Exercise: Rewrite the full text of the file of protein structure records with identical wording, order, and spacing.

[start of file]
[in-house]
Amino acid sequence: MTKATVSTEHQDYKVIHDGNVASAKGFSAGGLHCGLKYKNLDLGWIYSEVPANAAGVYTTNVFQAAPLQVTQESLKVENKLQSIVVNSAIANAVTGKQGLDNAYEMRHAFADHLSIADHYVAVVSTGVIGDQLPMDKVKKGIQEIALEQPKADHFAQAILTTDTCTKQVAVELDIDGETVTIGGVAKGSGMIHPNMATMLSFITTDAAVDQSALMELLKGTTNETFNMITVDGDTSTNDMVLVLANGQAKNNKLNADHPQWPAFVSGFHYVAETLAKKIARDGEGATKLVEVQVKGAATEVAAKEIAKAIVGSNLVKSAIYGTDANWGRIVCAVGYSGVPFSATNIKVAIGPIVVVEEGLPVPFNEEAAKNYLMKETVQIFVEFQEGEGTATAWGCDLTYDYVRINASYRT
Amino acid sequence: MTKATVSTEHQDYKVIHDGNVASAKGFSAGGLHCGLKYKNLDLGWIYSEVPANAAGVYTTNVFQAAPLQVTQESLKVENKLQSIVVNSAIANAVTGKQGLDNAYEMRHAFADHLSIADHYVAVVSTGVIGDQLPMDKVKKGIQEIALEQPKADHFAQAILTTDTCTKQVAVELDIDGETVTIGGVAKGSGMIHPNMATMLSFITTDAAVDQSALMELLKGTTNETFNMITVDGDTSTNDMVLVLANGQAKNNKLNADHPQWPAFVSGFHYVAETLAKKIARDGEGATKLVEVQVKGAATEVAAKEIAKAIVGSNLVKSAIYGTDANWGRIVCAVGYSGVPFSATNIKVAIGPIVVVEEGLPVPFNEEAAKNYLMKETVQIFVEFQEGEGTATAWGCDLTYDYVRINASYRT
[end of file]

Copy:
[in-house]
Amino acid sequence: MTKATVSTEHQDYKVIHDGNVASAKGFSAGGLHCGLKYKNLDLGWIYSEVPANAAGVYTTNVFQAAPLQVTQESLKVENKLQSIVVNSAIANAVTGKQGLDNAYEMRHAFADHLSIADHYVAVVSTGVIGDQLPMDKVKKGIQEIALEQPKADHFAQAILTTDTCTKQVAVELDIDGETVTIGGVAKGSGMIHPNMATMLSFITTDAAVDQSALMELLKGTTNETFNMITVDGDTSTNDMVLVLANGQAKNNKLNADHPQWPAFVSGFHYVAETLAKKIARDGEGATKLVEVQVKGAATEVAAKEIAKAIVGSNLVKSAIYGTDANWGRIVCAVGYSGVPFSATNIKVAIGPIVVVEEGLPVPFNEEAAKNYLMKETVQIFVEFQEGEGTATAWGCDLTYDYVRINASYRT
Amino acid sequence: MTKATVSTEHQDYKVIHDGNVASAKGFSAGGLHCGLKYKNLDLGWIYSEVPANAAGVYTTNVFQAAPLQVTQESLKVENKLQSIVVNSAIANAVTGKQGLDNAYEMRHAFADHLSIADHYVAVVSTGVIGDQLPMDKVKKGIQEIALEQPKADHFAQAILTTDTCTKQVAVELDIDGETVTIGGVAKGSGMIHPNMATMLSFITTDAAVDQSALMELLKGTTNETFNMITVDGDTSTNDMVLVLANGQAKNNKLNADHPQWPAFVSGFHYVAETLAKKIARDGEGATKLVEVQVKGAATEVAAKEIAKAIVGSNLVKSAIYGTDANWGRIVCAVGYSGVPFSATNIKVAIGPIVVVEEGLPVPFNEEAAKNYLMKETVQIFVEFQEGEGTATAWGCDLTYDYVRINASYRT